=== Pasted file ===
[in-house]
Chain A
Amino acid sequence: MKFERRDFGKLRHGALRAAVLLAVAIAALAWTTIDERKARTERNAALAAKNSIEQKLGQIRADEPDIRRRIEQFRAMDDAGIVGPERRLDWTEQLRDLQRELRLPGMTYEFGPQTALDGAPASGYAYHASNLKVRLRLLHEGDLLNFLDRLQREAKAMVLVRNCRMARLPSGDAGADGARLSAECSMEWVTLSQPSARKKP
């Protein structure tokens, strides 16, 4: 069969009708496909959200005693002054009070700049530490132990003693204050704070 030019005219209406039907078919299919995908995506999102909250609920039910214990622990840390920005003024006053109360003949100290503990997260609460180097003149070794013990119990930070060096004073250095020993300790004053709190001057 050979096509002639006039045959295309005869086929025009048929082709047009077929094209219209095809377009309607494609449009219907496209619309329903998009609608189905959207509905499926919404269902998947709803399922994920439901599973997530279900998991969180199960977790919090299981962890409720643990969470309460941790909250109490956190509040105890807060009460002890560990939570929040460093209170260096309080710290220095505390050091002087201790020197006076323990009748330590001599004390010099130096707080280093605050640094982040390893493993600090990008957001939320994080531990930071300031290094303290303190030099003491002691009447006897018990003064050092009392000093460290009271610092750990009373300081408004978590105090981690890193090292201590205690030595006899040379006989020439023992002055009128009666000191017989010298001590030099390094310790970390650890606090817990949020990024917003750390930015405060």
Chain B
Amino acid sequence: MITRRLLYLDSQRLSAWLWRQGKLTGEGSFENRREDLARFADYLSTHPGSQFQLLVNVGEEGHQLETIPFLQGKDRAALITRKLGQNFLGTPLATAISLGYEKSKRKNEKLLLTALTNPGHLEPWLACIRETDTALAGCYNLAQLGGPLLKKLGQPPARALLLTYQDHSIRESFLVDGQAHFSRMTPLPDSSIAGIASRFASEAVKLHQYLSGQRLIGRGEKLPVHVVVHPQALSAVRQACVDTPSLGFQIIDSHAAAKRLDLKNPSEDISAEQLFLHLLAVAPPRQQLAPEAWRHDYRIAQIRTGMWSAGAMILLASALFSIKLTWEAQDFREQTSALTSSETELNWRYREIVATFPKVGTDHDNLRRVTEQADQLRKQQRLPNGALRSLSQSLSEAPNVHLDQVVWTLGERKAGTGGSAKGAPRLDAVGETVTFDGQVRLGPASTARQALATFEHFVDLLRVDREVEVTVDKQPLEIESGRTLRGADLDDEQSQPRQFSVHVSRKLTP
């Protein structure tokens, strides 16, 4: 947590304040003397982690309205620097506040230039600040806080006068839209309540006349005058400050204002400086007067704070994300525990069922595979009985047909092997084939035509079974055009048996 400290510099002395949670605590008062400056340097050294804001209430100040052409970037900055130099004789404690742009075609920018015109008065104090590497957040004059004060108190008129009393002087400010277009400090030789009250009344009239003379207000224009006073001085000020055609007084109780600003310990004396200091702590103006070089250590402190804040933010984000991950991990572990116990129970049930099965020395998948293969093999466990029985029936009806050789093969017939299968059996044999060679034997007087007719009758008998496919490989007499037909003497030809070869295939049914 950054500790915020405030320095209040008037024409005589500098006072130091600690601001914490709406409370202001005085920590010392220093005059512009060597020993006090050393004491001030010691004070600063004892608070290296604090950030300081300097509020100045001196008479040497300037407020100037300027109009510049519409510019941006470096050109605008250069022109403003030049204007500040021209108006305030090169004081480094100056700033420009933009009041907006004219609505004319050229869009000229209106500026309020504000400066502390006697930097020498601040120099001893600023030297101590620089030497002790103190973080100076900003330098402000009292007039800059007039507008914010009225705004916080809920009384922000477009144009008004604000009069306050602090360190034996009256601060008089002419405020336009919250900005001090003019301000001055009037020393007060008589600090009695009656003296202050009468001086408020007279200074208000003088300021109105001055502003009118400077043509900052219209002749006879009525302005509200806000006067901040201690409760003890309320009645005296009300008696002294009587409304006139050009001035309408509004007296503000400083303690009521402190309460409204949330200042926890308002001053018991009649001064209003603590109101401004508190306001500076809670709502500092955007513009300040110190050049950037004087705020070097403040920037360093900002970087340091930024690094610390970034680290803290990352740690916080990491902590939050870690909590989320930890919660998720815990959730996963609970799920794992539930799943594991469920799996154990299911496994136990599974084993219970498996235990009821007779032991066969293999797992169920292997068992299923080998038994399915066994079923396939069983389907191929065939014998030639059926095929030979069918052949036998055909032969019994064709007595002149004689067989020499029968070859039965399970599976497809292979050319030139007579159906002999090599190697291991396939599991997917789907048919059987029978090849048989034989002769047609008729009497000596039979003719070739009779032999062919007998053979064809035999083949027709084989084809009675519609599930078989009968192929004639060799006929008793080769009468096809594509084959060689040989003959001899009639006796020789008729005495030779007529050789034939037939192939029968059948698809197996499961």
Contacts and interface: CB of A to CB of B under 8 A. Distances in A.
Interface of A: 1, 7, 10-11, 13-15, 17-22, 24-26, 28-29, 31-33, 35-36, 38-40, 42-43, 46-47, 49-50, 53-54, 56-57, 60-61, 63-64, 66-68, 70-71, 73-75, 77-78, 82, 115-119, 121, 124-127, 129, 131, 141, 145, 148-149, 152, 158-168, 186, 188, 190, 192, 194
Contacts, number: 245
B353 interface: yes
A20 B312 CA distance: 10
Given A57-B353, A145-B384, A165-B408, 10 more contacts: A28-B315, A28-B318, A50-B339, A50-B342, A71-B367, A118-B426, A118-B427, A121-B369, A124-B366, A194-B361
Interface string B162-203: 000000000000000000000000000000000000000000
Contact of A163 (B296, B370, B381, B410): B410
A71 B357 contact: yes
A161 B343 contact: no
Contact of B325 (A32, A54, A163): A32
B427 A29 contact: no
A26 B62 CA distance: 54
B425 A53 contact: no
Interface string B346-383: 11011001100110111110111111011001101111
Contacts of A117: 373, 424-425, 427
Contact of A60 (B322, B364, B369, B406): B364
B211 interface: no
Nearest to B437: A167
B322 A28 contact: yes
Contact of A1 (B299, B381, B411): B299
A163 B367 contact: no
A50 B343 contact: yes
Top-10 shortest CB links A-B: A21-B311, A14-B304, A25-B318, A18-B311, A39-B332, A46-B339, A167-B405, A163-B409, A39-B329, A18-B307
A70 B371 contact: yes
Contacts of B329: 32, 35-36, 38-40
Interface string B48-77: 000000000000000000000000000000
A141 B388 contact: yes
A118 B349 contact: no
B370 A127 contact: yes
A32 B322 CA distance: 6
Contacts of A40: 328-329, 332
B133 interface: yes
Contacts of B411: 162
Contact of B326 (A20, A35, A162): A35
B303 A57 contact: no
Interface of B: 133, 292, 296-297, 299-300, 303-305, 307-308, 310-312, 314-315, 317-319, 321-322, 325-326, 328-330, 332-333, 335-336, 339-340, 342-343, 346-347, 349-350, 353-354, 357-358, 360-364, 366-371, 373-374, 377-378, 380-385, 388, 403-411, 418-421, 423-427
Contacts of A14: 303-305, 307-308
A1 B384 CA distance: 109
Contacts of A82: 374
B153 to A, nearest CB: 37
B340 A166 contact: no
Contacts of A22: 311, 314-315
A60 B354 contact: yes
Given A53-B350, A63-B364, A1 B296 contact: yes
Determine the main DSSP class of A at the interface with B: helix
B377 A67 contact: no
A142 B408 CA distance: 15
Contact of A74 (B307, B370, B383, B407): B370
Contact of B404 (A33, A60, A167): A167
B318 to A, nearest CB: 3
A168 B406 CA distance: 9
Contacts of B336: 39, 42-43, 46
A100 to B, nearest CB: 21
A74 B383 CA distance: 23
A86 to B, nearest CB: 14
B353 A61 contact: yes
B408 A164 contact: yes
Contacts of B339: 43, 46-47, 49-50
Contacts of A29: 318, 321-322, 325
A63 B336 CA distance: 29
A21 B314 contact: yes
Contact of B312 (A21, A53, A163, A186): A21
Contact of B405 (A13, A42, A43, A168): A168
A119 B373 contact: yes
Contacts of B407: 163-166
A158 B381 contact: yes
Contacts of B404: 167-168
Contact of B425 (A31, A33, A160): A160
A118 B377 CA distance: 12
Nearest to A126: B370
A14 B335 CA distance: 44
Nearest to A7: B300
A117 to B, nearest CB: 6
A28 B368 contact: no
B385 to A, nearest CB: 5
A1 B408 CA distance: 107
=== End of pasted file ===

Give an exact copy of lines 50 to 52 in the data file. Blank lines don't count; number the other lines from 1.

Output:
Contacts of A22: 311, 314-315
A60 B354 contact: yes
Given A53-B350, A63-B364, A1 B296 contact: yes